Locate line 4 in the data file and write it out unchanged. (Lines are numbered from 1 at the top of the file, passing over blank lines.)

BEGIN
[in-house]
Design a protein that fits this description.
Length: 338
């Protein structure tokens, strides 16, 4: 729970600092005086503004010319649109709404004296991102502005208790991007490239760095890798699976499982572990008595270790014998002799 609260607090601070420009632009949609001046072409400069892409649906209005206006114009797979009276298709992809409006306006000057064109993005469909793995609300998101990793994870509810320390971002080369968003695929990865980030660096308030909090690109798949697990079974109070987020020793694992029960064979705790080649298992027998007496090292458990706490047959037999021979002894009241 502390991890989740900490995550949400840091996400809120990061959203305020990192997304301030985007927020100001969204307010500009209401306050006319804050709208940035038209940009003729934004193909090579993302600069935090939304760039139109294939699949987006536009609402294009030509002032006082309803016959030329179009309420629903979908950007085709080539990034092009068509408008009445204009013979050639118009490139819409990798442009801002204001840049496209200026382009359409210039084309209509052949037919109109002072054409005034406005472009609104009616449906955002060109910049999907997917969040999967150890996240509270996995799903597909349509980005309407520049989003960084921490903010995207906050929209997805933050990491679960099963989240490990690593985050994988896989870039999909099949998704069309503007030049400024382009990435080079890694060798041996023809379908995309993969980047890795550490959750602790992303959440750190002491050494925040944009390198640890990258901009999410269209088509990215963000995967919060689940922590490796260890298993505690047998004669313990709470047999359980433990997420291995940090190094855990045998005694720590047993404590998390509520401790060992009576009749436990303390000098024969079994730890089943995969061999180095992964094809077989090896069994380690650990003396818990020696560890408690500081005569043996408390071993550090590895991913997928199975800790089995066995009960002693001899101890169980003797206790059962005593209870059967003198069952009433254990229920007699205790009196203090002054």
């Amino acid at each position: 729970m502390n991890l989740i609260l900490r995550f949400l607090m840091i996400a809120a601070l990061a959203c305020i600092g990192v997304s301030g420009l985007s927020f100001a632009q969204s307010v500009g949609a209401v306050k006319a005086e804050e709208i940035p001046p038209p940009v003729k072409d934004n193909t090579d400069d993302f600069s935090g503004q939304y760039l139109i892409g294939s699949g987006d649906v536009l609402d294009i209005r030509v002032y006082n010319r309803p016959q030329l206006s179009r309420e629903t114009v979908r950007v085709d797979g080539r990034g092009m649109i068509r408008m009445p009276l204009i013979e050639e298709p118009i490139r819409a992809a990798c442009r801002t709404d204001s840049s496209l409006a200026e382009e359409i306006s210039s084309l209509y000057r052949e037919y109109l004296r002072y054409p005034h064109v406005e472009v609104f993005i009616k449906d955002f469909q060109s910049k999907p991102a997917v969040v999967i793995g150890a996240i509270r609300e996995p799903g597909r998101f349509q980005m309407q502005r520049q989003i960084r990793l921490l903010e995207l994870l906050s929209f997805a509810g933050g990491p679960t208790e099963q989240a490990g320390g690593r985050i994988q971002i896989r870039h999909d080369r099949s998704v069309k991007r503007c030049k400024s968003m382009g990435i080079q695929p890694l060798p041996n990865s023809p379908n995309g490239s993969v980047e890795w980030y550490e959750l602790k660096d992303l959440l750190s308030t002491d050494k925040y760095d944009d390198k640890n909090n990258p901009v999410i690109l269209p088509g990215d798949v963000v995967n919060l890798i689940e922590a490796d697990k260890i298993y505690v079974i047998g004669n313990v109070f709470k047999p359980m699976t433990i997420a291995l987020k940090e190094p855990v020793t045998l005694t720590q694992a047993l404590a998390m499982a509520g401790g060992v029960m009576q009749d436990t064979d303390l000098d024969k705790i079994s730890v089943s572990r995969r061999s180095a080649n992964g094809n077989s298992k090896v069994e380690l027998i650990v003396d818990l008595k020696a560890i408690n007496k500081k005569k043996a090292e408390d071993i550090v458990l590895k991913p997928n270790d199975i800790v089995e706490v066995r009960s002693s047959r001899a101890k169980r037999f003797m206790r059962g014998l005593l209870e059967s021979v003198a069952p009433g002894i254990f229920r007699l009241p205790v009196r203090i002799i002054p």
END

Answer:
């Protein structure tokens, strides 16, 4: 729970600092005086503004010319649109709404004296991102502005208790991007490239760095890798699976499982572990008595270790014998002799 609260607090601070420009632009949609001046072409400069892409649906209005206006114009797979009276298709992809409006306006000057064109993005469909793995609300998101990793994870509810320390971002080369968003695929990865980030660096308030909090690109798949697990079974109070987020020793694992029960064979705790080649298992027998007496090292458990706490047959037999021979002894009241 502390991890989740900490995550949400840091996400809120990061959203305020990192997304301030985007927020100001969204307010500009209401306050006319804050709208940035038209940009003729934004193909090579993302600069935090939304760039139109294939699949987006536009609402294009030509002032006082309803016959030329179009309420629903979908950007085709080539990034092009068509408008009445204009013979050639118009490139819409990798442009801002204001840049496209200026382009359409210039084309209509052949037919109109002072054409005034406005472009609104009616449906955002060109910049999907997917969040999967150890996240509270996995799903597909349509980005309407520049989003960084921490903010995207906050929209997805933050990491679960099963989240490990690593985050994988896989870039999909099949998704069309503007030049400024382009990435080079890694060798041996023809379908995309993969980047890795550490959750602790992303959440750190002491050494925040944009390198640890990258901009999410269209088509990215963000995967919060689940922590490796260890298993505690047998004669313990709470047999359980433990997420291995940090190094855990045998005694720590047993404590998390509520401790060992009576009749436990303390000098024969079994730890089943995969061999180095992964094809077989090896069994380690650990003396818990020696560890408690500081005569043996408390071993550090590895991913997928199975800790089995066995009960002693001899101890169980003797206790059962005593209870059967003198069952009433254990229920007699205790009196203090002054």